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Tokyo governor Koike to run for re-election in July, paper says
[TOKYO] Tokyo Governor Yuriko Koike, the first woman to win election to one of the highest-profile posts in Japanese politics, has decided to run for re-election in a vote set for July, the Yomiuri newspaper said.
The former television newscaster looks set to sail to victory, riding on public support for her management of the coronavirus crisis, including near-daily media appearances to explain her policies.
A poll this week found she was rated better than Prime Minister Shinzo Abe on containing Covid-19.
Ms Koike plans to formally declare her candidacy next month and run as an independent, the newspaper reported on Wednesday, citing unidentified officials. The vote is scheduled for July 5.
The election in Tokyo would be the biggest in Japan since it was hit by Covid-19 and is likely to require measures aimed at preventing a further spread of the virus during voting in the city of more than 13 million people.
The Tokyo governor has hinted at a run for re-election for months, which would allow her to be in office when Tokyo is set to host the Olympics in 2021.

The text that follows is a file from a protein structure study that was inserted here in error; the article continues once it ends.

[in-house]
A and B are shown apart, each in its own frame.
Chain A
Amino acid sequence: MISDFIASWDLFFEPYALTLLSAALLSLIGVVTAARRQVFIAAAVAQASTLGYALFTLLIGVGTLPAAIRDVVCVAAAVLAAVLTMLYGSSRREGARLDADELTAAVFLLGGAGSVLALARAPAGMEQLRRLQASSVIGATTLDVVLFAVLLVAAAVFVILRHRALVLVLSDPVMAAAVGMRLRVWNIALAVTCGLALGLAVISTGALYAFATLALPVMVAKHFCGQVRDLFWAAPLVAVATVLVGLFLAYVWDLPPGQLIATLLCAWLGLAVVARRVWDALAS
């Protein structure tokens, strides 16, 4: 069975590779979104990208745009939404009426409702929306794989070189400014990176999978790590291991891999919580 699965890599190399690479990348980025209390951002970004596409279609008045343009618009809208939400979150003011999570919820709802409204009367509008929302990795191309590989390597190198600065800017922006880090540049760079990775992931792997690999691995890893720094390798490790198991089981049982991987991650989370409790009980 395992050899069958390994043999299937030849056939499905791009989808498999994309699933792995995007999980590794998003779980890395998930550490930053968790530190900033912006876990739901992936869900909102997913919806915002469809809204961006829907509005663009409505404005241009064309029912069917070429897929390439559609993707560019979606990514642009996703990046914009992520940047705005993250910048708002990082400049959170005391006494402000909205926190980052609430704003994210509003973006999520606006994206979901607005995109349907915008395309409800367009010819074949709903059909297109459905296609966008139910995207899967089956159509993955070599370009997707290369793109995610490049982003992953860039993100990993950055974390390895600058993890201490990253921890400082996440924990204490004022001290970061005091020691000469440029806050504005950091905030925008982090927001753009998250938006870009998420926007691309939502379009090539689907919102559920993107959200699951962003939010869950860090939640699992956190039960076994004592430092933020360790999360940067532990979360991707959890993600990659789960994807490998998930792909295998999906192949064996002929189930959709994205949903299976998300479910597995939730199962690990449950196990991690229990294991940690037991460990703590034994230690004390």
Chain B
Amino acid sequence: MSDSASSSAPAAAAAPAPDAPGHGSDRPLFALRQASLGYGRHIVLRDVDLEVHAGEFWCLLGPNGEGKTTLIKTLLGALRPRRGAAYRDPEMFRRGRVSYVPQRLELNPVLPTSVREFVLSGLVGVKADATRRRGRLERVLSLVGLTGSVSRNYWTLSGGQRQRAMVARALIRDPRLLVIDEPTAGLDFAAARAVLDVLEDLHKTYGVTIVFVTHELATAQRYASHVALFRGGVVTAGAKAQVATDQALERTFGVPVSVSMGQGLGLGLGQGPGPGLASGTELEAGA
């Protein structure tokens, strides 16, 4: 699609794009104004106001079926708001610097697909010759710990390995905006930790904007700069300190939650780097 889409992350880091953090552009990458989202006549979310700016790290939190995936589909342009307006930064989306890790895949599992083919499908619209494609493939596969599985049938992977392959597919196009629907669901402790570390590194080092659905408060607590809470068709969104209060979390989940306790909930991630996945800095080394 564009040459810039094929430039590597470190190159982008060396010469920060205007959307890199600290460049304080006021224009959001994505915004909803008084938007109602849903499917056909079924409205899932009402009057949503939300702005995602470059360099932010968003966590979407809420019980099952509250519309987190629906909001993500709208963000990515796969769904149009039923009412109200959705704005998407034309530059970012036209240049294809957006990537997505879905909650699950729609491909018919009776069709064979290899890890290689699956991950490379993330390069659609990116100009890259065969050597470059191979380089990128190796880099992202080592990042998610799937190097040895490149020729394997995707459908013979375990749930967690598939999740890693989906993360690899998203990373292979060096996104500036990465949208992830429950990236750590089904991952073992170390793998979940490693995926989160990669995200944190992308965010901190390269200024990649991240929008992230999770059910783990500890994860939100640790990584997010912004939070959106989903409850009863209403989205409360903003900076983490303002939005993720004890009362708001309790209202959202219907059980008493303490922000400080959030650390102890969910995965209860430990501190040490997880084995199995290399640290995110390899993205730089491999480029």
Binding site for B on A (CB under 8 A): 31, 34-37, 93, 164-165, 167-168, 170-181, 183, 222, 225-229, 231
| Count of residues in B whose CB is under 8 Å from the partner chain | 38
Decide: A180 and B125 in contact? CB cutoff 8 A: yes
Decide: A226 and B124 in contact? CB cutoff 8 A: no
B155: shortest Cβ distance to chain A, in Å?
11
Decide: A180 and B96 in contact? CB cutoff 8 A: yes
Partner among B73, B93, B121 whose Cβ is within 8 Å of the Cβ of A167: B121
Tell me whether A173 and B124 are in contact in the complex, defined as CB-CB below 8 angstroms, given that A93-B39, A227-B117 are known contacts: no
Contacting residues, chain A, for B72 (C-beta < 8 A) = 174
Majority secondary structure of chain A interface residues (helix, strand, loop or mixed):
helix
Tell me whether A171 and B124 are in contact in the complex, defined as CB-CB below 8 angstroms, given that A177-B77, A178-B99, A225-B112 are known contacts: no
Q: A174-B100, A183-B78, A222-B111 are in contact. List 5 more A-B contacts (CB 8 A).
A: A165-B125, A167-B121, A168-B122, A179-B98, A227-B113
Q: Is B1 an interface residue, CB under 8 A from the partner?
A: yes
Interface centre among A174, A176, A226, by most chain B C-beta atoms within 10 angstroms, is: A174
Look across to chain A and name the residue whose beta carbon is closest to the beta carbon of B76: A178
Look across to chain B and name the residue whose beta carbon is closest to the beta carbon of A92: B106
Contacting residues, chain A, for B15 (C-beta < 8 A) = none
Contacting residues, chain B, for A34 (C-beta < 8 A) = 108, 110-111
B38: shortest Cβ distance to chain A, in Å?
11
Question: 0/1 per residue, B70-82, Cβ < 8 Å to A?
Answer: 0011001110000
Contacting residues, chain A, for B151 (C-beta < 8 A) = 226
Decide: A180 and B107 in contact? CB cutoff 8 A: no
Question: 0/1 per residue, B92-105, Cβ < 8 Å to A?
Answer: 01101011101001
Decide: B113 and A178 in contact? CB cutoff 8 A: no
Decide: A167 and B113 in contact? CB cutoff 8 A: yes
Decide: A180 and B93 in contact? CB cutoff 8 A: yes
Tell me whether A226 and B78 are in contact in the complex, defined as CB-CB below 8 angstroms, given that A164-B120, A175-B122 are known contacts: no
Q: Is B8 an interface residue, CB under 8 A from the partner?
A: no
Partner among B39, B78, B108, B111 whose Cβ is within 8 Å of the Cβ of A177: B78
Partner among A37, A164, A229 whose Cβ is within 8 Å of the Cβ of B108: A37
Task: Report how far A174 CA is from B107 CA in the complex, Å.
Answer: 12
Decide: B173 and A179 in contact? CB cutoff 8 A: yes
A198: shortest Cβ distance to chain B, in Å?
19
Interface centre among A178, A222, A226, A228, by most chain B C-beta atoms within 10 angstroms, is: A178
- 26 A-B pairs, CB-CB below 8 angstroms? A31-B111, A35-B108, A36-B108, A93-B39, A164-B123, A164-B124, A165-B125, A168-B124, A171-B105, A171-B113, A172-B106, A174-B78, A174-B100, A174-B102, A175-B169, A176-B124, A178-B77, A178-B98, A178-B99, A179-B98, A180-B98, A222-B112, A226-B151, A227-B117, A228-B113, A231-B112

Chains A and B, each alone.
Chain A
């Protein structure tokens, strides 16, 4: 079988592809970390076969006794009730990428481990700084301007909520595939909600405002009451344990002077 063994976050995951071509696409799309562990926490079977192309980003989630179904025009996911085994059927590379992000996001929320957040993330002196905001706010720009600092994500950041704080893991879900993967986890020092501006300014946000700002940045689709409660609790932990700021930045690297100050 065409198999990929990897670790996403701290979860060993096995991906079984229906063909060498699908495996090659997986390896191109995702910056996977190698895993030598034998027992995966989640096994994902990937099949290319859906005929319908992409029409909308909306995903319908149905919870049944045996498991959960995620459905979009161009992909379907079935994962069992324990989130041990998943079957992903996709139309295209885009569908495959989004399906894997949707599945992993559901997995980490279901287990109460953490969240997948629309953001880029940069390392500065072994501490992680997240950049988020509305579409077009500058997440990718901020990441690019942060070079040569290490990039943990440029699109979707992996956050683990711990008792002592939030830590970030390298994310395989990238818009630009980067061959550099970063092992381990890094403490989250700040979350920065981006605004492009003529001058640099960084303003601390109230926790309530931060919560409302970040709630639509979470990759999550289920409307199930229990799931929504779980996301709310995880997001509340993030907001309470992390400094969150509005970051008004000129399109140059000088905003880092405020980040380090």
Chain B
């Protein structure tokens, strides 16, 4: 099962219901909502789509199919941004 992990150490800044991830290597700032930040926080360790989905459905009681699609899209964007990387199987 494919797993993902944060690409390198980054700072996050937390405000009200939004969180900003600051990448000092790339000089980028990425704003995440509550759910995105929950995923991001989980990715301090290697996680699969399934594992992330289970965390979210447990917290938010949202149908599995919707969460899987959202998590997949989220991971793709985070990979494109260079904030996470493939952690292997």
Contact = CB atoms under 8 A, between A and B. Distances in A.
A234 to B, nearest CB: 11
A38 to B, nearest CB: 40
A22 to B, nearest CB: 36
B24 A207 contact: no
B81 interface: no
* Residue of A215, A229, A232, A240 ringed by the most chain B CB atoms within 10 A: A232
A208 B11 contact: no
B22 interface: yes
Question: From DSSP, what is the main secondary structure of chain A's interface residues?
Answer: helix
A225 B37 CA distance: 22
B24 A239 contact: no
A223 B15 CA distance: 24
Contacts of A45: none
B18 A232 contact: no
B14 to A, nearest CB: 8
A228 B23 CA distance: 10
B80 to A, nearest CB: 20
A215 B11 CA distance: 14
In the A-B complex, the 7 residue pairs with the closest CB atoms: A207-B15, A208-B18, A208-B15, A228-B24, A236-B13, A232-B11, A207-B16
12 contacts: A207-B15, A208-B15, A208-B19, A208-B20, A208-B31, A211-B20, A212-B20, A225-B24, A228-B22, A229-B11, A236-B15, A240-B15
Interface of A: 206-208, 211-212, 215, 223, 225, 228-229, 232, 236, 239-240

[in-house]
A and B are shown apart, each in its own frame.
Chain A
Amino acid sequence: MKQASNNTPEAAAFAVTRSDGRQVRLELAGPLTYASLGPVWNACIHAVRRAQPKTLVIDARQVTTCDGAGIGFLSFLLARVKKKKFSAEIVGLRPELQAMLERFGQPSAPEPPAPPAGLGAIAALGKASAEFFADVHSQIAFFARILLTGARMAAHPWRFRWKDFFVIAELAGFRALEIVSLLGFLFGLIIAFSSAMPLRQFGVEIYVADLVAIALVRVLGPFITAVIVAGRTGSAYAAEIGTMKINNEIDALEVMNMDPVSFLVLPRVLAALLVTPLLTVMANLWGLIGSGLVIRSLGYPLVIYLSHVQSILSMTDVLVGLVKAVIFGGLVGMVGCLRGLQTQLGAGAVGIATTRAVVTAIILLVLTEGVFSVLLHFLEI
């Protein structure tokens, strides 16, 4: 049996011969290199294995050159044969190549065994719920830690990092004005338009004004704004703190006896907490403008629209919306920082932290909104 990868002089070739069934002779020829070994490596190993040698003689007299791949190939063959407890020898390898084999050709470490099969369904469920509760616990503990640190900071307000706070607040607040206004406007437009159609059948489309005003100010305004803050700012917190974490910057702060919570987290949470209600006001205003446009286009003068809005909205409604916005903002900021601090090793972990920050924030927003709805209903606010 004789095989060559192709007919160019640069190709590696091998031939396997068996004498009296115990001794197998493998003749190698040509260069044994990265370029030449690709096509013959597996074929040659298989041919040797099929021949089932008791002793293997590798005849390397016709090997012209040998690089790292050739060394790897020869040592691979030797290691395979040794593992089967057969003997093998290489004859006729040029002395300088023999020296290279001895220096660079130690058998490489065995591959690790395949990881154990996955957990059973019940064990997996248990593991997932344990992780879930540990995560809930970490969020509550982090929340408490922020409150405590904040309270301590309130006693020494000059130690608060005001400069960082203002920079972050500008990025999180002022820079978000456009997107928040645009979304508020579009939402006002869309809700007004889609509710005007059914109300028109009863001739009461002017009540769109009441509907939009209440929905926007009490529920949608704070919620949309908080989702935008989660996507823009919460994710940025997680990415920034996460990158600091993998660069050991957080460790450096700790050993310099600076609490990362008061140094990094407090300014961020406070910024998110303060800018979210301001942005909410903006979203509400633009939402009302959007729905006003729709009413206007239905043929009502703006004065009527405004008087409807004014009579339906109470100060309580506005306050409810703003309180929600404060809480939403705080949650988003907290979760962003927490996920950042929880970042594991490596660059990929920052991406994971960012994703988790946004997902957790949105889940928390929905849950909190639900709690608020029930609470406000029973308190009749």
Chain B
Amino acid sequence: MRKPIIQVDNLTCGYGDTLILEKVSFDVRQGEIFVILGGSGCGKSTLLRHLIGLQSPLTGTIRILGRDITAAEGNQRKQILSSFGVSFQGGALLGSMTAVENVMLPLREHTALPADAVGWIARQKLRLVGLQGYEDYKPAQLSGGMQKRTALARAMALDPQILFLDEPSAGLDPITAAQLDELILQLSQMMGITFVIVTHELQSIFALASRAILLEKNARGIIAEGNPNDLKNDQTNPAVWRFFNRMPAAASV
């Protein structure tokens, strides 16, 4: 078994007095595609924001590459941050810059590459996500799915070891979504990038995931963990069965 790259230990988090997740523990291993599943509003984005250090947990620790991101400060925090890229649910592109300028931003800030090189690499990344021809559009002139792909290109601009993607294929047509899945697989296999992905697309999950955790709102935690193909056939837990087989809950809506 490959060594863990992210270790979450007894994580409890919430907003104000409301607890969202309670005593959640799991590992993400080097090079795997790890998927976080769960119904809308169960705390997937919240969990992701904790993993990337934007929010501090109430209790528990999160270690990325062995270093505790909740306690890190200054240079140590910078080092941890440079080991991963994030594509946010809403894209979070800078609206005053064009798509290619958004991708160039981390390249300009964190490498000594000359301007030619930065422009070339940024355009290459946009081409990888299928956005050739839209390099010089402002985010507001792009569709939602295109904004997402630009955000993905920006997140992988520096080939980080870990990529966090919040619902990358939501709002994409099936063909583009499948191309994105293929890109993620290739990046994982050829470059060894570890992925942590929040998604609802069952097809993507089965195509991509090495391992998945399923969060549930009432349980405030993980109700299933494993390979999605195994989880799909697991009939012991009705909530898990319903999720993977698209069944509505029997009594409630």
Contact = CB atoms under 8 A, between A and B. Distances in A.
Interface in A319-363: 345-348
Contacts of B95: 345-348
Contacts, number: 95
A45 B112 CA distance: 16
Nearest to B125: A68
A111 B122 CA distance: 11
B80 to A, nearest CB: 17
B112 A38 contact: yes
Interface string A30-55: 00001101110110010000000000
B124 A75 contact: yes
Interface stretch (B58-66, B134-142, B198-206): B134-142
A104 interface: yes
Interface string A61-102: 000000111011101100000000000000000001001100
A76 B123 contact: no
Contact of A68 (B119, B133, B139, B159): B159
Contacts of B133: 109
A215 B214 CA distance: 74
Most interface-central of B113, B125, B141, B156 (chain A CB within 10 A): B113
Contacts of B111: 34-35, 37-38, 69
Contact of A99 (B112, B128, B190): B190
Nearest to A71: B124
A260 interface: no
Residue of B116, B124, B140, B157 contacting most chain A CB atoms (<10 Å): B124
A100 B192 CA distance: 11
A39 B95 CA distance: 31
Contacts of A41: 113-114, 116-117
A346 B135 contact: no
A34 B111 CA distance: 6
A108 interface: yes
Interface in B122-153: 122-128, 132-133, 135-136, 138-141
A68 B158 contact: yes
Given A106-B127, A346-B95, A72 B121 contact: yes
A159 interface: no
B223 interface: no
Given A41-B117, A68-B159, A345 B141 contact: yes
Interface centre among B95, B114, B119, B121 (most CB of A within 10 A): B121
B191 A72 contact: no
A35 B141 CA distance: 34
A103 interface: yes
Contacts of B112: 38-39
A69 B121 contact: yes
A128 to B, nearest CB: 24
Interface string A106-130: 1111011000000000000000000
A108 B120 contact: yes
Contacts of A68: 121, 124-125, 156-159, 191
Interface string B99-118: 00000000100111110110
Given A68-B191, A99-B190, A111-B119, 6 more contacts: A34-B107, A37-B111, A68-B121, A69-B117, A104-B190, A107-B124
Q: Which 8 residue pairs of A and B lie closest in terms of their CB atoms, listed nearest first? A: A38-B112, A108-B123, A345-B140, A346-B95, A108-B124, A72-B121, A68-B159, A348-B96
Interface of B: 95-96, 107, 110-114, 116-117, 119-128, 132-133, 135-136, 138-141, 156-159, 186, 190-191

But the games - which were pushed back from this July due to the pandemic - remain in a precarious position, with the virus still raging and costs for the US$12 billion (S$17.01 billion) sports extravaganza continuing to mount.
Four years ago, Ms Koike resigned from her seat in parliament to run in the capital's election. Making strong use of social media and pledging to cut the cost of hosting the Olympics, the former Environment Minister beat 20 opponents, including one backed by Mr Abe's ruling Liberal Democratic Party (LDP), of which she had been a prominent member.
Ms Koike then tried to capitalise on her position by launching a bid to topple Mr Abe, which failed when he called a snap general election before she was fully prepared.
Despite lingering rancour, Ms Koike is likely to have at least the tacit acceptance of the LDP, which will not run a candidate against her this time around. Party secretary-general Toshihiro Nikai told reporters this month that he saw no problem supporting her.
Lawyer and anti-poverty campaigner Kenji Utsunomiya announced on Twitter that he was planning to run, while Mr Takafumi Horie, an entrepreneur who spent time in prison for securities fraud, is also set to throw his hat in the ring, according to the Sankei newspaper.